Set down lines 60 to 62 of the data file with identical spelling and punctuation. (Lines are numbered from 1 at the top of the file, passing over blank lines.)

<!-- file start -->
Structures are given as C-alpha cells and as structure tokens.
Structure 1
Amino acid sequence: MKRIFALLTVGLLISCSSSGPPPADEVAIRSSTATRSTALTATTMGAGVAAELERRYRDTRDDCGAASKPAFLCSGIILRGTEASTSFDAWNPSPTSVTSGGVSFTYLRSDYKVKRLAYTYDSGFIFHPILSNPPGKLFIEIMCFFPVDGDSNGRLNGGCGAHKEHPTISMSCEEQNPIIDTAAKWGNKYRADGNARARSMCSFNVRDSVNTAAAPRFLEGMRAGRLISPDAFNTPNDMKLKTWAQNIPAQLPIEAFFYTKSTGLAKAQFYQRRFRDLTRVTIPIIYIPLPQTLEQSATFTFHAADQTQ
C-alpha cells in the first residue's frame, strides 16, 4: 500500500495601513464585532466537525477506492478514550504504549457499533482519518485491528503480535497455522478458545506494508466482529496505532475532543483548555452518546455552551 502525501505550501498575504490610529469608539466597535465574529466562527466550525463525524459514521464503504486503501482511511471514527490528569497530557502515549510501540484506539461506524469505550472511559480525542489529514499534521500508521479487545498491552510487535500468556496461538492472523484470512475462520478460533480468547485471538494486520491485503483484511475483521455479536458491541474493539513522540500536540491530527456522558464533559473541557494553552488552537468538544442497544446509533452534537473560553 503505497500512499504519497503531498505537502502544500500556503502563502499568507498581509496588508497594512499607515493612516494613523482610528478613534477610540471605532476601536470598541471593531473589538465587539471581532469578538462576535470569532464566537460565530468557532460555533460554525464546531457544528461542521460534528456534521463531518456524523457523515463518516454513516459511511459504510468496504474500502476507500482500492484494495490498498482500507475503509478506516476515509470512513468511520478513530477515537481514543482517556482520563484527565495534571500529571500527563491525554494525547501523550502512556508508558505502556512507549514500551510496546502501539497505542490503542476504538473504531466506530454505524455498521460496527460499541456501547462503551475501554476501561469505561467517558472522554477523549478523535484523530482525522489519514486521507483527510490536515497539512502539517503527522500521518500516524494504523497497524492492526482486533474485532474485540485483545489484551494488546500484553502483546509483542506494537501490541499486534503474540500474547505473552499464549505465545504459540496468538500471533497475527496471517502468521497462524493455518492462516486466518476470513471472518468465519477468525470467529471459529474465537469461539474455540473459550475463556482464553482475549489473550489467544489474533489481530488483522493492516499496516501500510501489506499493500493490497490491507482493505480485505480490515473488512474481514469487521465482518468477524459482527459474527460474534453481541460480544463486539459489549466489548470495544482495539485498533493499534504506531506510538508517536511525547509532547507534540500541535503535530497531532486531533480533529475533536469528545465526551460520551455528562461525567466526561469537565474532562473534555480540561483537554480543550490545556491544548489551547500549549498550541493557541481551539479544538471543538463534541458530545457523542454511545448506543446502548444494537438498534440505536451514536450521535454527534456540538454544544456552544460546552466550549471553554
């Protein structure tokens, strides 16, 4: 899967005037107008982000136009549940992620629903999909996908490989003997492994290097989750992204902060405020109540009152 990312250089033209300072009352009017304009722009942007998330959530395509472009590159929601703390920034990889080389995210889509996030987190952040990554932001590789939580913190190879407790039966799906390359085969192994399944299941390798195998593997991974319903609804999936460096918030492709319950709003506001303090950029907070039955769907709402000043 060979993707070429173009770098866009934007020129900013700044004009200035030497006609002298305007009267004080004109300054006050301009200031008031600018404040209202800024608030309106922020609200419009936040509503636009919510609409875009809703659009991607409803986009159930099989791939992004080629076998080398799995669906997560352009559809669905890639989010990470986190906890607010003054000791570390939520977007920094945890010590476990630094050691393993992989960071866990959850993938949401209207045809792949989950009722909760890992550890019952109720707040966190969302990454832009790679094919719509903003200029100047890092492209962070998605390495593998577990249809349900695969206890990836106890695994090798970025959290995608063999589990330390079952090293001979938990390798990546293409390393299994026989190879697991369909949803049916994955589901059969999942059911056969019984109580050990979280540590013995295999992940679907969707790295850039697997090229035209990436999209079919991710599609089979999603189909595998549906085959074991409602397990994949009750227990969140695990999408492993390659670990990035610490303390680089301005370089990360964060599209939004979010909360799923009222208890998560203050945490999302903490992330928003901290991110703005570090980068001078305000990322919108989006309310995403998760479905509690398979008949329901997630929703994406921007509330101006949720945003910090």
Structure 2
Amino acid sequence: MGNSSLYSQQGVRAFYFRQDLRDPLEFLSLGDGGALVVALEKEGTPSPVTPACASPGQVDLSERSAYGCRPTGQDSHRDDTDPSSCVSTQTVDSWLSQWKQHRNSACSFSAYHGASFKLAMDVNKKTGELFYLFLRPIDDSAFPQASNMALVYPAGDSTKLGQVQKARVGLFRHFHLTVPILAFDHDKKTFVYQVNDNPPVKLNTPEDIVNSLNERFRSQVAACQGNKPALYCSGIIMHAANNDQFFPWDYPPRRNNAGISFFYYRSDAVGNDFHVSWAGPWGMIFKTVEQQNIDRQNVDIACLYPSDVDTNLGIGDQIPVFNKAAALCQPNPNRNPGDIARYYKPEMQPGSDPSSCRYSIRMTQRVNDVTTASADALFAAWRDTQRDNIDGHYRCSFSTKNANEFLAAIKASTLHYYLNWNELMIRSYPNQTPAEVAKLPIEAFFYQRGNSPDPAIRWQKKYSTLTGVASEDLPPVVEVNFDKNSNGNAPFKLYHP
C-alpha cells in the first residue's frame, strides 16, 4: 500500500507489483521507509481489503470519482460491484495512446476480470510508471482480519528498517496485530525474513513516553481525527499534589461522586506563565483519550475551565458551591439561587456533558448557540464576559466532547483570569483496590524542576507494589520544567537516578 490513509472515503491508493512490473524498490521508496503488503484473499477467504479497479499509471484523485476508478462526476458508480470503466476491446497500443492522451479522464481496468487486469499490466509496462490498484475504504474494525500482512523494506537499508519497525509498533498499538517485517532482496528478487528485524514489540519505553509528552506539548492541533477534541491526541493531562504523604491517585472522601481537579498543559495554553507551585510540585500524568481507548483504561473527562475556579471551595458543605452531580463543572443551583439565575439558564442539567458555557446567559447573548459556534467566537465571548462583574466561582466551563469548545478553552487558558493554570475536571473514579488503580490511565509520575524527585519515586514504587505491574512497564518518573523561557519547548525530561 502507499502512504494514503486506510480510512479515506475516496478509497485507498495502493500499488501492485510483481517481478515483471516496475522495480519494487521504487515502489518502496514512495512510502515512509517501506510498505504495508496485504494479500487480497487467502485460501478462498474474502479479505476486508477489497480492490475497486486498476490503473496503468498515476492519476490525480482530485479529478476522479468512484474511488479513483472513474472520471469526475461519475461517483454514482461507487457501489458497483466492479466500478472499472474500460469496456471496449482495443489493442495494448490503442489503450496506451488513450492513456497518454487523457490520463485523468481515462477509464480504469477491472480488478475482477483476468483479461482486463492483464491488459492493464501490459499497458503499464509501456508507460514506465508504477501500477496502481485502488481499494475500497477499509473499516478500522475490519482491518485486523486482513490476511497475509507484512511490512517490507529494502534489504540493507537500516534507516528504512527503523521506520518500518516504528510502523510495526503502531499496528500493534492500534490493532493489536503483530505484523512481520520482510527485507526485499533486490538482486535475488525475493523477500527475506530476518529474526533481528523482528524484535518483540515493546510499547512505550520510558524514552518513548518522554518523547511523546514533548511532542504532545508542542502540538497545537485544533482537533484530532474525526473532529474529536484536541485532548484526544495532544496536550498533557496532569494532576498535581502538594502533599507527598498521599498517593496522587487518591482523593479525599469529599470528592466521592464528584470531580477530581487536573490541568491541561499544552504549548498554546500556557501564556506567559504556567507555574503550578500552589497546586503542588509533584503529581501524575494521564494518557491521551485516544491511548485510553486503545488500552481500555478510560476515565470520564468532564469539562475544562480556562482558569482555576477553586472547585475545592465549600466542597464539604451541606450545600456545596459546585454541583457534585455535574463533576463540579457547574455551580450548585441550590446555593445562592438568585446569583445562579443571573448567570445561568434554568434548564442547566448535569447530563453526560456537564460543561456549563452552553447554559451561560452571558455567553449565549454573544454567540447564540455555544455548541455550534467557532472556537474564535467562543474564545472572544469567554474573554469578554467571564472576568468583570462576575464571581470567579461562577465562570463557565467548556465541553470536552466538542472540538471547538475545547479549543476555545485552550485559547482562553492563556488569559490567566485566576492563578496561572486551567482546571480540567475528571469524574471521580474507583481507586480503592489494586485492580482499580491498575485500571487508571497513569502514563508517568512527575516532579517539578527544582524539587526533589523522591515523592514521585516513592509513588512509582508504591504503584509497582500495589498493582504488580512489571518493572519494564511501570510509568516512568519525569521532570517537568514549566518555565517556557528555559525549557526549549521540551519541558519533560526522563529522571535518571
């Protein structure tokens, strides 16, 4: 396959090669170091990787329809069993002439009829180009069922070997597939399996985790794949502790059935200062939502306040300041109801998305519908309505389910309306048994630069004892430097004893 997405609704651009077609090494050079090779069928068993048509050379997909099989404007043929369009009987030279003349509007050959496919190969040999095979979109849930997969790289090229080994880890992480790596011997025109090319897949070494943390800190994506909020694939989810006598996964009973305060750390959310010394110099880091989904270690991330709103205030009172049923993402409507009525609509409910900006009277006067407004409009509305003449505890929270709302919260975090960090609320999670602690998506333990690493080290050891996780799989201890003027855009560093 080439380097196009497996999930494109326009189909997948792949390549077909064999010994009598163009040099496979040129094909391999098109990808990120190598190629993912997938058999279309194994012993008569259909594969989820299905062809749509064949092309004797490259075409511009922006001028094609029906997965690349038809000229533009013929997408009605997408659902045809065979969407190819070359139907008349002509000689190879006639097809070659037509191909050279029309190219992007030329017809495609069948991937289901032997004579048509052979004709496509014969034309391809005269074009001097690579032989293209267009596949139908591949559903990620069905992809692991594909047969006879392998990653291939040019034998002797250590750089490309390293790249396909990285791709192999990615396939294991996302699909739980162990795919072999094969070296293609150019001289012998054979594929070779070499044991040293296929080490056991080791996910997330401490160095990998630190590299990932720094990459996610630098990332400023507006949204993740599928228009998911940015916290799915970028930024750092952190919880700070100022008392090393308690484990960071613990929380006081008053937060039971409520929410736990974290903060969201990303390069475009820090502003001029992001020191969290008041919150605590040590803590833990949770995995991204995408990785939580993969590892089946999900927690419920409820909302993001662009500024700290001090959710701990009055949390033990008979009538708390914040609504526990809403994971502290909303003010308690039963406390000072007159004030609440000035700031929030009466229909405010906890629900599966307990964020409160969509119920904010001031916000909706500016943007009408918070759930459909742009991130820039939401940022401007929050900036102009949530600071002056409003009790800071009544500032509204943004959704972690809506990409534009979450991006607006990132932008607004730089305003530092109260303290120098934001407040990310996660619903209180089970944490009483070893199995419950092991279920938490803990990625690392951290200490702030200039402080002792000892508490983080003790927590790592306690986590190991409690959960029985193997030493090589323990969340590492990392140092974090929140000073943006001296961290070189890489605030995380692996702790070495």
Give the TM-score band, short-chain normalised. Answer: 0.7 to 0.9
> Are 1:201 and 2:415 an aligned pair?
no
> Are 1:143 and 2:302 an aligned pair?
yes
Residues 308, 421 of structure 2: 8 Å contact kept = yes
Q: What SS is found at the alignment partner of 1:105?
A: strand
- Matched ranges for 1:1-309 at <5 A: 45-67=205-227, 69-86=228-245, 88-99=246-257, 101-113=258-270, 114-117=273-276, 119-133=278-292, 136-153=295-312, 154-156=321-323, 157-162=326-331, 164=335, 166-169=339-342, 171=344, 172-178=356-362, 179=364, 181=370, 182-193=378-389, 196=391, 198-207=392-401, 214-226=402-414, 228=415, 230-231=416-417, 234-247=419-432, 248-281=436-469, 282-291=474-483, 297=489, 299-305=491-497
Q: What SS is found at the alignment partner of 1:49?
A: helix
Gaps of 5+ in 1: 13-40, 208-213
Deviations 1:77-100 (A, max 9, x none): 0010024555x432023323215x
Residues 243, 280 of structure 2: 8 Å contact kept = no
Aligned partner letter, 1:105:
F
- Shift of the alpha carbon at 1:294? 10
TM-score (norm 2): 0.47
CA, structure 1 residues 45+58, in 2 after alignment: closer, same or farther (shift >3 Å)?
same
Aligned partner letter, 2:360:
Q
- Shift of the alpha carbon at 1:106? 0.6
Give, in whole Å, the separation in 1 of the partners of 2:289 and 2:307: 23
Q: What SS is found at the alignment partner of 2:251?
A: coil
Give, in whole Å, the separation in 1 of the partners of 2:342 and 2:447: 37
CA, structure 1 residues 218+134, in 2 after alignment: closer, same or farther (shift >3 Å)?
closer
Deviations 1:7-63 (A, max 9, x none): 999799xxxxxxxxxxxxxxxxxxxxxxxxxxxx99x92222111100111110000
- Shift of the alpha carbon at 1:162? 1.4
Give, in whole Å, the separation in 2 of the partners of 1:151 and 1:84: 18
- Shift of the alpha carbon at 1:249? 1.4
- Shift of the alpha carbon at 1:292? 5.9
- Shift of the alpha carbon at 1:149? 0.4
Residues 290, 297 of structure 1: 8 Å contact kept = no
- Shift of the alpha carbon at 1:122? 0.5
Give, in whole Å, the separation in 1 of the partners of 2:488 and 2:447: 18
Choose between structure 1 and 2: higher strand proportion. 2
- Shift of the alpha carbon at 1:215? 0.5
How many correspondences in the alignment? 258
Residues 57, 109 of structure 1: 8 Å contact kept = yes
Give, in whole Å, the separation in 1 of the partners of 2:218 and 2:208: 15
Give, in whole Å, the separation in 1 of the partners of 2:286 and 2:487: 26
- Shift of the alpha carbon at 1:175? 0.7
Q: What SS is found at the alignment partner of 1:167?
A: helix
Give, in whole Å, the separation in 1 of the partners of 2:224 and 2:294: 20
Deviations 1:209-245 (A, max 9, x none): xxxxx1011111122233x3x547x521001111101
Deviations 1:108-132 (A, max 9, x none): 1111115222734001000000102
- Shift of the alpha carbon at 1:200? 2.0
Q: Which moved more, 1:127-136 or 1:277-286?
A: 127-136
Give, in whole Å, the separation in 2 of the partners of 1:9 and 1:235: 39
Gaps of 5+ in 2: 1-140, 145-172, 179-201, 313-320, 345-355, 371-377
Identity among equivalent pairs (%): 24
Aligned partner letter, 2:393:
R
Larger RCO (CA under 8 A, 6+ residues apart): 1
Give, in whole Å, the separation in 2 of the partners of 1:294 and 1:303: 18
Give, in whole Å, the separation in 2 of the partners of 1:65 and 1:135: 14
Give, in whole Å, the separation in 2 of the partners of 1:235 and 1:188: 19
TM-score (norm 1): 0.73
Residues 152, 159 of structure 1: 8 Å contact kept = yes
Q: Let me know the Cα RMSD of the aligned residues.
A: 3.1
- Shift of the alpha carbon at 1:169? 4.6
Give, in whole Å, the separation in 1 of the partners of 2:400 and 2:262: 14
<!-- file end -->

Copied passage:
- Shift of the alpha carbon at 1:200? 2.0
Q: Which moved more, 1:127-136 or 1:277-286?
A: 127-136